Friday, 9 January 2015

Weekly Walk - Day 41

Day 41 (10th January 2015)
41-gun salute is only for special people
The standard Royal salute is 21-guns and is reserved for Heads of State.
When the salute is given from a Royal Park
an extra 20 guns are added, hence the 41-gun salute.
Today is a post close to my heart, as it is by my youngest son, Hamish, who, having read some of the wonderful pieces that have been published to date decided that he would like to be involved (OK, maybe there was a slight parental nudge).


Most Sundays I walk the ten minute long path to or from the Winchester train station and my boarding house.

Winchester Station
In the mornings, after my dose of compulsory chapel, it’s a brisk march for the soonest of the train times that a helpful parent texts me. I never miss trains. I’ve run up that hill to the station in under two minutes, and collapsed on a seat, pouring with sweat (much to the delight of the guy next to me), but I never miss my train.
Buster Keaton catching the train in The General, 1926
This morning march is usually chilly, as is Winchester’s way, and filled with the thought of a breakfast when I get home, a break from the school’s usual fry up. Sometimes I hum a hymn from the service as I walk. Halfway up the hill, there’s an old arch I used to go through. 
Winchester Westgate Arch
Recently I saw a shard of flint tumble off of the top and crash onto the pavement. I walk the other side of that path now. There are a few people around in the mornings. When it’s very cold, we dig ourselves into our clothes as we pass, and the most you will ever see is a pair of eyes displaying a sense of mutual suffering. When it’s warmer, some people bring their children out and I sidestep their scooters and buggies.

To be avoided
In the evenings, after some lunch, some family news and some supper, there’s first a leisurely drive to Clapham Junction. At least, it’s leisurely for me. I’m always told to rush my soup and to go find my wallet, because ‘if the traffic’s really bad, we won’t make it’. I think that’s true for any journey, but things always seem to turn out fine. We usually listen to the radio. There was a very good American writer who talked about episodes of his life for a while, but he’s gone now, and most of the other programs just blend into the thick audio porridge that is ‘The Archers’. ‘By God, they have to sell the cow!’, ‘Stop worrying Margie; you did everything you could to save him!’ There probably isn’t even a character called Margie... I don’t know what the main age demographic of this blog is, but don’t misinterpret this as the view of our jaded youth, I’ve seen similarities between The Archers and programmes that some of my friends watch.

Game of Thrones' Archers
Regardless, once I’ve caught the train that comes to a screeching stop on the exclusively non-polished platform nine, it’s soon time for the same walk, which Sunday began with, but now in the other direction back to the boarding house.

Winchester High Street (at Christmas)
Photo by Tim Smith  - used as Christmas card by Night Shelter Charity
Near the station it’s actually more active than in the morning. Whereas there’s a trickle of students catching different trains home at different times in the morning, on their way back to school you can guarantee they will all be there at roughly the same time, as we all try to squeeze in as much time at home as we can, before we have to be back at nine.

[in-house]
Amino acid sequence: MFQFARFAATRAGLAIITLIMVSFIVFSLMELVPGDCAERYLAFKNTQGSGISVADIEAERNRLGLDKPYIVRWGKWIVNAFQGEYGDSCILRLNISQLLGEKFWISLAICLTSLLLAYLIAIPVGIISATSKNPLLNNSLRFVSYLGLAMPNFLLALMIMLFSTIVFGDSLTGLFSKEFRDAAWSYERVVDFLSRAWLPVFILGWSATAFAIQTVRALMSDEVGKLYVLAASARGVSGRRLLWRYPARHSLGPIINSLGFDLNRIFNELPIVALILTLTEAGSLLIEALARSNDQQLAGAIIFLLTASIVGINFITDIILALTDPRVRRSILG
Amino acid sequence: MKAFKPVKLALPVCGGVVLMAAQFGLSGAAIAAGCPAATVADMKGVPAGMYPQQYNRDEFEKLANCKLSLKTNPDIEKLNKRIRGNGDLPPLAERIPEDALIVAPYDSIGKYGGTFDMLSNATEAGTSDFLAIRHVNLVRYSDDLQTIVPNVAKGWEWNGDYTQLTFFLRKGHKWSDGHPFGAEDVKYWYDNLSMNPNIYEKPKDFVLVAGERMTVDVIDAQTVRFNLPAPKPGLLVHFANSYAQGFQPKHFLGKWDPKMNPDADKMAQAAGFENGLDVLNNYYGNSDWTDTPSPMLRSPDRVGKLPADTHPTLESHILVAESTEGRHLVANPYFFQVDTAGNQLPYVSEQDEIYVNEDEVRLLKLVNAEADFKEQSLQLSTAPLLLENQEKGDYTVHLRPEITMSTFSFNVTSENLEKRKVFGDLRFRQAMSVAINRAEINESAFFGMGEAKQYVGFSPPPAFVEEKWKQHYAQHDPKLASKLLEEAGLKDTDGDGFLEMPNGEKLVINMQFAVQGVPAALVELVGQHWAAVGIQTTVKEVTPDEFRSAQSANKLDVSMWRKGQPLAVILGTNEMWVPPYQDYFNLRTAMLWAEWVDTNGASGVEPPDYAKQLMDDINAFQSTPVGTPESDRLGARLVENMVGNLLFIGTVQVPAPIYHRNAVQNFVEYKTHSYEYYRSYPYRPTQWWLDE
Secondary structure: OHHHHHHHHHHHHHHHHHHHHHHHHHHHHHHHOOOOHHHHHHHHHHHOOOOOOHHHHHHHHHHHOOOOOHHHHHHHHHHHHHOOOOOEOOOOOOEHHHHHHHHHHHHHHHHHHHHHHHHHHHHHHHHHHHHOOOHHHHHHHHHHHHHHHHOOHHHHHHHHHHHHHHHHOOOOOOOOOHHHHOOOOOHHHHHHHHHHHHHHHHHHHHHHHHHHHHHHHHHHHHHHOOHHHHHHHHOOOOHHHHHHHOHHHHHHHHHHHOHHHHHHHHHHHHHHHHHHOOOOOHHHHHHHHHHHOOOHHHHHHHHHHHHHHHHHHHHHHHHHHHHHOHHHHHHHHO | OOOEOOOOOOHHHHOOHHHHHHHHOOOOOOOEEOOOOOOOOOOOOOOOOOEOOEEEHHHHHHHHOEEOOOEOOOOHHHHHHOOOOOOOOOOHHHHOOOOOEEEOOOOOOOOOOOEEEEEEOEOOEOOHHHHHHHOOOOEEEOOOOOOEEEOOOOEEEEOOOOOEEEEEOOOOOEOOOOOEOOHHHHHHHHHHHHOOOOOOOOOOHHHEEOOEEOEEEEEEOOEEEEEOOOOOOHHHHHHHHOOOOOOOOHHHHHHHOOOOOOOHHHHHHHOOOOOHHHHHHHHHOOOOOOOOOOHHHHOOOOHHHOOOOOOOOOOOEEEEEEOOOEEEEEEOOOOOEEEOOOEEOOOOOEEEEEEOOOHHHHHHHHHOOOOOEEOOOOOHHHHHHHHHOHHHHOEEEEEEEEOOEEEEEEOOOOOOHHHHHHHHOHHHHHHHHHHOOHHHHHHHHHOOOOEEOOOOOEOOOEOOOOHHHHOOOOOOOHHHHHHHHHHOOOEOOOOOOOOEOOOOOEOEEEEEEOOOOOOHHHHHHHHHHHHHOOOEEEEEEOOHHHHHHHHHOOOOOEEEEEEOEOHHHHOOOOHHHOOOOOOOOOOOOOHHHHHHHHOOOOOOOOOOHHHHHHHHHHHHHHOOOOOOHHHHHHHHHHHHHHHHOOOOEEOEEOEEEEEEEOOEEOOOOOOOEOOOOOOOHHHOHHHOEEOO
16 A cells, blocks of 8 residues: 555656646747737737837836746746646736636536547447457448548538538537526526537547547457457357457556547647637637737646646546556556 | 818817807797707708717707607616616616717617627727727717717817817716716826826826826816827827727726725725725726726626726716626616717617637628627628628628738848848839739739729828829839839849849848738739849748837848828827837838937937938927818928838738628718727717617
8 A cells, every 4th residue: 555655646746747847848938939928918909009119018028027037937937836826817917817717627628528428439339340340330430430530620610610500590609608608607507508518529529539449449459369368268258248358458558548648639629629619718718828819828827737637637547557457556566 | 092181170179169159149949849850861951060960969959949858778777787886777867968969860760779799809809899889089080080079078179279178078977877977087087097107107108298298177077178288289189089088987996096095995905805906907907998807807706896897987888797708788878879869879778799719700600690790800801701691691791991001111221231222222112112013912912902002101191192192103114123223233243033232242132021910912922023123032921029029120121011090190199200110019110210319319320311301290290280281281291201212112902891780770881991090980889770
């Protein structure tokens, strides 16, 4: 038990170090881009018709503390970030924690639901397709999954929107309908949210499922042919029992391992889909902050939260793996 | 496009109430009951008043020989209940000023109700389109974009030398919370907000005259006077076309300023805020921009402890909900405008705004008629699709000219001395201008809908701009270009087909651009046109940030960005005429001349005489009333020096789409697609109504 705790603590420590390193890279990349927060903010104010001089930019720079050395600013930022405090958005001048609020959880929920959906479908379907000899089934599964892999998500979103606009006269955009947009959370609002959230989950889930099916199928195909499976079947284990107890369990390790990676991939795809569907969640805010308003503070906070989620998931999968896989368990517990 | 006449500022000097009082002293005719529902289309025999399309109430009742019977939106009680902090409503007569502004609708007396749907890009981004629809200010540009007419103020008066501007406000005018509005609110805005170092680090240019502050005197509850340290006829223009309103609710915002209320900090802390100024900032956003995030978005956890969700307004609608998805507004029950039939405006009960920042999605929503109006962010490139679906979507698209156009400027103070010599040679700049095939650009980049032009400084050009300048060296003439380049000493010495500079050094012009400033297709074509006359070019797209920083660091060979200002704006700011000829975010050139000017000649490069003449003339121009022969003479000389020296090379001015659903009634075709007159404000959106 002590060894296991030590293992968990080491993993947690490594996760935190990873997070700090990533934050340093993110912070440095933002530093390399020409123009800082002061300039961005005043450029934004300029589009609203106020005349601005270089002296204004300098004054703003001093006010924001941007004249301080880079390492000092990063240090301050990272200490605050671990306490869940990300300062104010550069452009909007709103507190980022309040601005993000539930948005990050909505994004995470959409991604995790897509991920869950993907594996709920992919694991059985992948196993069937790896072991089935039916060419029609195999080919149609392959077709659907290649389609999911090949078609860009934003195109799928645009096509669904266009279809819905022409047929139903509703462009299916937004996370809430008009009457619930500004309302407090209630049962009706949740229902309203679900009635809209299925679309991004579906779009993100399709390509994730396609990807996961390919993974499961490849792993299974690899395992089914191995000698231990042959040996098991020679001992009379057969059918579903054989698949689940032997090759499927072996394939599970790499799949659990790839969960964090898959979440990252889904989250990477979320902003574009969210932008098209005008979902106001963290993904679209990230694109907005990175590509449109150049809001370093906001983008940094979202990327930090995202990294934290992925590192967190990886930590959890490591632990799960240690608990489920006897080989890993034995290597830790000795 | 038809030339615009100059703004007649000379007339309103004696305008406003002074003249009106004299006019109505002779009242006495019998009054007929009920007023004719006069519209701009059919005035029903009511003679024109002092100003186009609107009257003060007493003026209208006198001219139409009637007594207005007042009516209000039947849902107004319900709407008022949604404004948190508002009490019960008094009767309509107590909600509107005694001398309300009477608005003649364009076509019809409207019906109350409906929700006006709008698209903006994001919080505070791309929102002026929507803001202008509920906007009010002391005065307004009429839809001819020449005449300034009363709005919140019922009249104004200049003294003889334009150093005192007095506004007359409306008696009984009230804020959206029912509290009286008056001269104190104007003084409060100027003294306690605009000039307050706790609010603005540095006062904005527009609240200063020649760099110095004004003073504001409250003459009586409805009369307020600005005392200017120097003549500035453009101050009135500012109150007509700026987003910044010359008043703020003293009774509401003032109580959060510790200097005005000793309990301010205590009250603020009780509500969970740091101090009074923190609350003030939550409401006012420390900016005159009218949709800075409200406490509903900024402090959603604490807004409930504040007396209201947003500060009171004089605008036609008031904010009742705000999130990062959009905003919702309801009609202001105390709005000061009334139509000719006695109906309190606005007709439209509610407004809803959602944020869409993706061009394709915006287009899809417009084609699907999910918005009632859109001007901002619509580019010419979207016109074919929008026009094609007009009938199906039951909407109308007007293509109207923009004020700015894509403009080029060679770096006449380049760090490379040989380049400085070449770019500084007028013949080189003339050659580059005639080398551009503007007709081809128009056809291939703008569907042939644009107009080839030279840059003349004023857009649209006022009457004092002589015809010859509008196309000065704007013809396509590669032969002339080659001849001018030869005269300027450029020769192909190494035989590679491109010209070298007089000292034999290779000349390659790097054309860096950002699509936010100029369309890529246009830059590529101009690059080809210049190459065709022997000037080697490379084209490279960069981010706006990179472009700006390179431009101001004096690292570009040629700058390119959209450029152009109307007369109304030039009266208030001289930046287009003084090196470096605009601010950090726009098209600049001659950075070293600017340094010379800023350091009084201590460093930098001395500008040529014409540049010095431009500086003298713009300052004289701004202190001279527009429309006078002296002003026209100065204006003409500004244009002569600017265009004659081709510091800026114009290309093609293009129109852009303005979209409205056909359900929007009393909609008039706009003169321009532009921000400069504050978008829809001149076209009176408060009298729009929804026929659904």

Curfew Bell, French 14th centuryThe usual procedure at the sound of the curfew bell: burning logs removed &
hot ashes swept to the back and sides. The cold ashes
were then raked back over the fire so as to cover it and/or a "cloche' placed over it.
Sometimes I’ll recognise a colleague and they’ll recognise me and we will talk about our Sundays or about school. I’m not innately antisocial, but I don’t like it when this happens, nor when I’m noticed on the train, as there’s something about this journey I’ve become accustomed to, and now slightly enjoy, making on my own. Farther away from the station, as the boys part ways to find their different boarding houses, it becomes a quieter path than in the morning. The few people around can hardly see each other, unless illuminated by an advert for fried chicken, and it feels peaceful. To think that I used to see this as an inconvenient commute.
There are numerous studies into both the mental health benefits of walking, as well as the more obvious physical ones. Many writers, such as the Fl├óneurs, and authors go out for walks and record themselves while on the go, to then write it down when they get home. Whatever your regular journeys may be, appreciate them and perhaps make time for some new ones.

Think Goose from "The Aristocats" by Disney

Linked to the above, weekly experience, my Christmas gift from Hamish was the following poem:

Silver and garnet pendant of Persephone by Sergey Zhiboedov
Six days a week,
She works like summer,
Growing Banyans from trunk to trunk, 
And meeting deadlines, 
And sending emails, 
'Till that Seventh day. 

When she waits for him to arrive, 
While he waits to arrive and waits for the moment 
When their eyes meet through the bluish glass, 
And light up at the sight. 

For whatever happens; 
Wherever they eat, 
Whether they talk, 
Or just listen to the radio 
Content with their company, 
They've seen each other, 
They are secure in that 
For the rest of the week. 

So he climbs into his carriage, 
Cracks open the bottle of still chilled pomegranate juice, 
And a smile cracks over his face.

It made me cry. 

Persephone - Expecting Winter - image by photographer Erik Johansson

1 comment:

  1. What a lovely poem. I did a training programme at Winchester once. Nice place.